These developments in electronics and communications have not only provided greater access to information from a wide array of sources, but indirectly they have led to the availability of an even greater amount of information. Spurred by the prospects of profit, visibility, or greater public awareness that attaches to successful information sourcing, a multitude of providers have made their information content available, either to the public at large, or to subscribers, through the Internet, broadcast and community-antenna television, and a variety satellite communications networks. Information made accessible almost anywhere no longer has to be of general interest, but given the number of channels through which it may be received, it may be more esoteric and of interest only to a narrow population segment that accesses it.
Yet for all the advances made in recent years that continue to provide an ever-increasing amount of information that is easily available to an ever-expanding segment of the population, access to information remains a concern—though for a different reason than in years past. Whereas before, timely information access was largely hindered by the limited means of delivery, a key obstacle today is the overwhelming amount of content constantly being transmitted. There remains, of course, matters of general interest that are efficiently disseminated through broadcast, and items of purely personal interest that are obtained through mail, telephone, and facsimile. A large amount of information in between these opposite ends of the information spectrum, however, remains almost universally available, but at the same time, difficult to access in an efficient fashion because it is intermingled with so much other information. Moreover, information recipients are more mobile than ever, and so the problem remains not only sorting through this vast supply of information for news that is relevant to them, but doing so while they are on the move.
Needed is an automated way to obtain delivery of individually relevant information at an individual's present location and at the most opportune possible time and in a personalized manner. The present invention provides just such a system and method.
To address the above-discussed deficiencies of the prior art, it is a primary object of the present invention to provide an intelligent information delivery system that, based on a subscriber's personal preferences and current location, collects a wide variety of information, prioritizes it, and then selectively delivers relevant and timely portions of it to the subscriber.
In one aspect, the present invention is a system for achieving the timely delivery of relevant information that includes a central processor connected to a plurality of information network interfaces. The interfaces may themselves include memory for buffering input until it can be analyzed by the processor. A subscriber database contains a dynamic user profile for controlling the process of information filtering by the processor. The system database also contains current priority-weighted location information for each recipient, so that the filtered content may be appropriately delivered. A plurality of location sensors provide the current-location information for storage in the system database. In a particularly preferred embodiment, the system also searches automatically for additional, related information content with which to augment the primary content stream.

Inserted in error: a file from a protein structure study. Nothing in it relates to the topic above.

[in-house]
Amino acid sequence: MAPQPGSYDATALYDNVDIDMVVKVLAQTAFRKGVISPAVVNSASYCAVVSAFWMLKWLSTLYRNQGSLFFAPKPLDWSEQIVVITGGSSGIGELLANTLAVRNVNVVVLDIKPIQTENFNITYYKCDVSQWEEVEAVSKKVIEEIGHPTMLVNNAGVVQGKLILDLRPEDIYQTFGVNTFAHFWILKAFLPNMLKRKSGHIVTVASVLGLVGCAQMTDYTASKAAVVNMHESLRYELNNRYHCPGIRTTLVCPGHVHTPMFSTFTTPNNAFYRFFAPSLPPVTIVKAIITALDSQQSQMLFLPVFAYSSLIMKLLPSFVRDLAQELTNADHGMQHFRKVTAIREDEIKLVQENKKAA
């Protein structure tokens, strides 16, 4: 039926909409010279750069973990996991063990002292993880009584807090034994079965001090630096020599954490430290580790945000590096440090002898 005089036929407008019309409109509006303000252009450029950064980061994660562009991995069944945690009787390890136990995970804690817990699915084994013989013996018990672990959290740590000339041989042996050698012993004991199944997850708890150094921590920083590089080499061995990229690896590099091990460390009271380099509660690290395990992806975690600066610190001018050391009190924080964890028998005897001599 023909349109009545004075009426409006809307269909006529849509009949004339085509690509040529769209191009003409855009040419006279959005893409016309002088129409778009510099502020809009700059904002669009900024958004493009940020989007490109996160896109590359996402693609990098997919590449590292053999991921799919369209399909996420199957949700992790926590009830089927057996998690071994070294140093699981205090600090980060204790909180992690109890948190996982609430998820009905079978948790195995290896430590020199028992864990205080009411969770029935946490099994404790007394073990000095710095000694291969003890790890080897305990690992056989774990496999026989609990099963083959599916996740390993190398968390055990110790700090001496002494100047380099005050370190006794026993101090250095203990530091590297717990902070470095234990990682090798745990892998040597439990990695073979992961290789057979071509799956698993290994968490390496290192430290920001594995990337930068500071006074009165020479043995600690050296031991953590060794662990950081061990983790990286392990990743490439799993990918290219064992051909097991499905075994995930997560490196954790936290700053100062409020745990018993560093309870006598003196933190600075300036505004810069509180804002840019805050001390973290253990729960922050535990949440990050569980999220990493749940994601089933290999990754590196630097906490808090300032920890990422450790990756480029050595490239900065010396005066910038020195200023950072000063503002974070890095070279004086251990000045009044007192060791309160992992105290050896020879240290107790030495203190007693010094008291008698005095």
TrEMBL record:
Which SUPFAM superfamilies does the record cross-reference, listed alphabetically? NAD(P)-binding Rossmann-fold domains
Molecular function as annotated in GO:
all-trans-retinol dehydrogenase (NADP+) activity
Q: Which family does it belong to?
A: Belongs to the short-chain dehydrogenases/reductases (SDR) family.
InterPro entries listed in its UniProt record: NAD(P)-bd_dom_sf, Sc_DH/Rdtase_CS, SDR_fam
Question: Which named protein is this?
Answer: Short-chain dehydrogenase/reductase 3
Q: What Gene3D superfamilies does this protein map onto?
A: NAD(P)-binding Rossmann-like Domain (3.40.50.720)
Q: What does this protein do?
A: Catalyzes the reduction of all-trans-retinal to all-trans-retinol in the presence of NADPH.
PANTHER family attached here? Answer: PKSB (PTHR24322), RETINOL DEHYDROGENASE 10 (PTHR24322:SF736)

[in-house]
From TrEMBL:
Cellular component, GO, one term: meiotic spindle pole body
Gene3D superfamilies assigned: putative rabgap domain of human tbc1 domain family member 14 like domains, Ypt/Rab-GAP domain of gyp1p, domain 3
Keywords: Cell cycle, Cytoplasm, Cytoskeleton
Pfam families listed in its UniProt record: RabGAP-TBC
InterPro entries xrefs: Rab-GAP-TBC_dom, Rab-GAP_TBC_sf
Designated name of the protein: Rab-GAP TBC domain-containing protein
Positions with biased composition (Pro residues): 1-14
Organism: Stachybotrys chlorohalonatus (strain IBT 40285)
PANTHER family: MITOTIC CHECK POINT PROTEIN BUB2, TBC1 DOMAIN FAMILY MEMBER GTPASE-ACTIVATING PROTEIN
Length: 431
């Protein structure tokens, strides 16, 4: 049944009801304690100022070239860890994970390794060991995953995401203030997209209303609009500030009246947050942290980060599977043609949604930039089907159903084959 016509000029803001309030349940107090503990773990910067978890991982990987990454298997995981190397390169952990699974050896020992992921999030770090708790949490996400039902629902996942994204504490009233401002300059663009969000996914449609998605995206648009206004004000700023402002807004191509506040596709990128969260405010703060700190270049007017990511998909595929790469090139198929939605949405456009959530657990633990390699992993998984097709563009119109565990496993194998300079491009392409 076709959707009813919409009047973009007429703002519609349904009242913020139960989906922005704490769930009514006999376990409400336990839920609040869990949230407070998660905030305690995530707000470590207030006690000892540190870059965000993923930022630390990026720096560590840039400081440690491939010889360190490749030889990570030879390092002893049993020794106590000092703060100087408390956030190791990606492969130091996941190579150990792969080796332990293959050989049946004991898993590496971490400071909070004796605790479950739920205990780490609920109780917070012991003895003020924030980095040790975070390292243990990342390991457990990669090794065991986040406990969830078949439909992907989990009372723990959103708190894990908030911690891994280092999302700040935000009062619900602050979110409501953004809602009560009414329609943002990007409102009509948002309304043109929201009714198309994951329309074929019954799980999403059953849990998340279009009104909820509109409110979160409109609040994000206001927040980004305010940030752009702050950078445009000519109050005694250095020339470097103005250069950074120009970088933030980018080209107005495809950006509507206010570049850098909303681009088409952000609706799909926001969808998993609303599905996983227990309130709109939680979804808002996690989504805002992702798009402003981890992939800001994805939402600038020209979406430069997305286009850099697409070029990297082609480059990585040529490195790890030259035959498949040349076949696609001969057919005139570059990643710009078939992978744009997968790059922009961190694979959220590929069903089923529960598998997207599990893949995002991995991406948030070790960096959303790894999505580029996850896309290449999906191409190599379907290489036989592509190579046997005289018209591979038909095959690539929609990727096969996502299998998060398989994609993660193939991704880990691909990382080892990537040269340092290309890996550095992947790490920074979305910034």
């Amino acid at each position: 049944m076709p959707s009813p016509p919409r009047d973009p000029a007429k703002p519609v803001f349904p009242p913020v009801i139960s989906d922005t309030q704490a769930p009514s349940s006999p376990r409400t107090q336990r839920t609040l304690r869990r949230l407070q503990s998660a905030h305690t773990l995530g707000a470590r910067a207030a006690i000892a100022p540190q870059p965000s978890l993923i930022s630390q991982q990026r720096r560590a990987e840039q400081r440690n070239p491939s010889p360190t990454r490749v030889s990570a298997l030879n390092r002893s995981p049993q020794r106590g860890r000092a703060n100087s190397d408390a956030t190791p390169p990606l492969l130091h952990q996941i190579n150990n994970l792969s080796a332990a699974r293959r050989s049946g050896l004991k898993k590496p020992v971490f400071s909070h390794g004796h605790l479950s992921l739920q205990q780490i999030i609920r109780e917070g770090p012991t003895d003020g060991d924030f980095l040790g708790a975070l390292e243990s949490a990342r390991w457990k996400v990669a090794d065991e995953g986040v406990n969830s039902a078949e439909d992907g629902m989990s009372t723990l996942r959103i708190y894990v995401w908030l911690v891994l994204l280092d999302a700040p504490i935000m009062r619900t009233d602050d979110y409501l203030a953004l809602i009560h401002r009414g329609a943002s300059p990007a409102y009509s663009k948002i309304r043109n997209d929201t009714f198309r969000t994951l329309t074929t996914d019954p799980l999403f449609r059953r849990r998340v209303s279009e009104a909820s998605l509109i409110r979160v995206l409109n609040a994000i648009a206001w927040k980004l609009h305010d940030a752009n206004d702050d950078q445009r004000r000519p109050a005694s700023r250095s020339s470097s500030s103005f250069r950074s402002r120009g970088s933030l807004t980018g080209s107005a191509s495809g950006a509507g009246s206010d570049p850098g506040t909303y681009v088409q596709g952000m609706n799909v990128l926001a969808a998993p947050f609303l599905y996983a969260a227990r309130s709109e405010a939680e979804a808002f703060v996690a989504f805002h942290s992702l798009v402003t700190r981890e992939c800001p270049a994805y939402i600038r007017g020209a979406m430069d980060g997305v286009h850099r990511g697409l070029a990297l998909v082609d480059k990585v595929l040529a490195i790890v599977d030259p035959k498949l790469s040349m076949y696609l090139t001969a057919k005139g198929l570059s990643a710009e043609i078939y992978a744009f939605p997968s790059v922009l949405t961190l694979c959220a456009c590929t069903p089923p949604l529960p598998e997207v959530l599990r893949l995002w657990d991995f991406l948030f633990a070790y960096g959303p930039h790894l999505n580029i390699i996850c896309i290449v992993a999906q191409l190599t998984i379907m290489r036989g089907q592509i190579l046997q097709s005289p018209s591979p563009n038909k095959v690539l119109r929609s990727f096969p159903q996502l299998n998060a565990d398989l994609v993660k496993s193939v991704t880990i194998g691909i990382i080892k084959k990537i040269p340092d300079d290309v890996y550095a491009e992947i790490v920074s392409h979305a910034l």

In another aspect, the present invention is a method for the timely delivery of relevant information that includes the steps of providing a central processor, populating a subscriber database with dynamic user profiles, collecting current location information, and continuously filtering information from a variety of sources. If desirable, the information filtered out for delivery is augmented with additional content from other sources, which the system automatically searches for when pre-determined criteria have been met. The method further includes determining the appropriate delivery mode and executing delivery.
The foregoing has outlined rather broadly the features and technical advantages of the present invention so that those skilled in the art may better understand the detailed description of the invention that follows. Additional features and advantages of the invention will be described hereinafter that form the subject of the claims of the invention. Those skilled in the art should appreciate that they may readily use the conception and the specific embodiment disclosed as a basis for modifying or designing other structures for carrying out the same purposes of the present invention. Those skilled in the art should also realize that such equivalent constructions do not depart from the spirit and scope of the invention in its broadest form.
Before undertaking the DETAILED DESCRIPTION, it may be advantageous to set forth definitions of certain words and phrases used throughout this patent document: the terms “include” and “comprise,” as well as derivatives thereof, mean inclusion without limitation; the term “or,” is inclusive, meaning and/or; the phrases “associated with” and “associated therewith,” as well as derivatives thereof, may mean to include, be included within, interconnect with, contain, be contained within, connect to or with, couple to or with, be communicable with, cooperate with, interleave, juxtapose, be proximate to, be bound to or with, have, have a property of, or the like; and the term “controller” means any device, system or part thereof that controls at least one operation, such a device may be implemented in hardware, firmware or software, or some combination of at least two of the same. In particular, a controller may comprise a data processor and an associated memory that stores instructions that may be executed by the data processor. It should be noted that the functionality associated with any particular controller may be centralized or distributed, whether locally or remotely. Definitions for certain words and phrases are provided throughout this patent document, those of ordinary skill in the art should understand that in many, if not most instances, such definitions apply to prior, as well as future uses of such defined words and phrases.